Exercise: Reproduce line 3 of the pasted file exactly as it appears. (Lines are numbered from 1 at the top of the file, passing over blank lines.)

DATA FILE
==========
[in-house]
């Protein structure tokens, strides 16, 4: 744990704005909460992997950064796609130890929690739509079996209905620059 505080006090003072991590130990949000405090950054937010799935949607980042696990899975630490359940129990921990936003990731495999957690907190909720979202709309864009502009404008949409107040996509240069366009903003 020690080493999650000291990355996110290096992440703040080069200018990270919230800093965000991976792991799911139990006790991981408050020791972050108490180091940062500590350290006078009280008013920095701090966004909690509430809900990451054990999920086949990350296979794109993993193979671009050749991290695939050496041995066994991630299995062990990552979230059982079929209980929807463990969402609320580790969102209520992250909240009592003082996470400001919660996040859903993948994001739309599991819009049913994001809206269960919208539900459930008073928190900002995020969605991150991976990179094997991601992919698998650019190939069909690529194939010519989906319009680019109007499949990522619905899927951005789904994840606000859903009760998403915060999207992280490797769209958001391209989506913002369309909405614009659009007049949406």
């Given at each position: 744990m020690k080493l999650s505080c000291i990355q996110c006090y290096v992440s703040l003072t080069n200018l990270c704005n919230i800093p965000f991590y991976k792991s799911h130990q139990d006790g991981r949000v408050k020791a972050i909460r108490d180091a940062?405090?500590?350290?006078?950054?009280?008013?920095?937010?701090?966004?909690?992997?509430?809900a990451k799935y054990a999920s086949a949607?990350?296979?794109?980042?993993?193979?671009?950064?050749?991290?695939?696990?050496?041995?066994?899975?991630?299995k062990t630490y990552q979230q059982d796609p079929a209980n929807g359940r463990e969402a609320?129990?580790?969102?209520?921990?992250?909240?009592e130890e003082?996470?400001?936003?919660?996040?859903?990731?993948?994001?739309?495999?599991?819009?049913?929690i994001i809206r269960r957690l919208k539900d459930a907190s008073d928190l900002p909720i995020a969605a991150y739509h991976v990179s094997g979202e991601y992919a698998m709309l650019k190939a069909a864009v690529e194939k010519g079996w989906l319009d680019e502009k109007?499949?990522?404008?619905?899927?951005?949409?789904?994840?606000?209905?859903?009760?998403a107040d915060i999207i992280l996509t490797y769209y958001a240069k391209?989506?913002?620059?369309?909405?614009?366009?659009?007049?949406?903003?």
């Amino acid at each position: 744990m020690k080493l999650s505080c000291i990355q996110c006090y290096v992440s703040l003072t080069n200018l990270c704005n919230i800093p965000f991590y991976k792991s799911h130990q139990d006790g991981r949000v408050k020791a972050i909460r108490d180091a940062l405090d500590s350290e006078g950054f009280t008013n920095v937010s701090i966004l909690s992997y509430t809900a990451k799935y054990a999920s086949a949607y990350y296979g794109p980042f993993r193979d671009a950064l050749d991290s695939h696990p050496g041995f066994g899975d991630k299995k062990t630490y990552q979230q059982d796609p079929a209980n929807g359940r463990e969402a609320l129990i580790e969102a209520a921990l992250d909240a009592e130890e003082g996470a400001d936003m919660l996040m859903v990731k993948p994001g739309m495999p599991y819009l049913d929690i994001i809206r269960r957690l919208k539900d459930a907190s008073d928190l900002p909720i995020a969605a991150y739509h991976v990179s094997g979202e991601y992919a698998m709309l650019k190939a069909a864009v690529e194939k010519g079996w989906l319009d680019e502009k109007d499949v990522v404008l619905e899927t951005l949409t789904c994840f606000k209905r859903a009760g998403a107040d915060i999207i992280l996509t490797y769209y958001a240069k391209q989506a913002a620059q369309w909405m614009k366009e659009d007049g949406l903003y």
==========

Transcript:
């Given at each position: 744990m020690k080493l999650s505080c000291i990355q996110c006090y290096v992440s703040l003072t080069n200018l990270c704005n919230i800093p965000f991590y991976k792991s799911h130990q139990d006790g991981r949000v408050k020791a972050i909460r108490d180091a940062?405090?500590?350290?006078?950054?009280?008013?920095?937010?701090?966004?909690?992997?509430?809900a990451k799935y054990a999920s086949a949607?990350?296979?794109?980042?993993?193979?671009?950064?050749?991290?695939?696990?050496?041995?066994?899975?991630?299995k062990t630490y990552q979230q059982d796609p079929a209980n929807g359940r463990e969402a609320?129990?580790?969102?209520?921990?992250?909240?009592e130890e003082?996470?400001?936003?919660?996040?859903?990731?993948?994001?739309?495999?599991?819009?049913?929690i994001i809206r269960r957690l919208k539900d459930a907190s008073d928190l900002p909720i995020a969605a991150y739509h991976v990179s094997g979202e991601y992919a698998m709309l650019k190939a069909a864009v690529e194939k010519g079996w989906l319009d680019e502009k109007?499949?990522?404008?619905?899927?951005?949409?789904?994840?606000?209905?859903?009760?998403a107040d915060i999207i992280l996509t490797y769209y958001a240069k391209?989506?913002?620059?369309?909405?614009?366009?659009?007049?949406?903003?």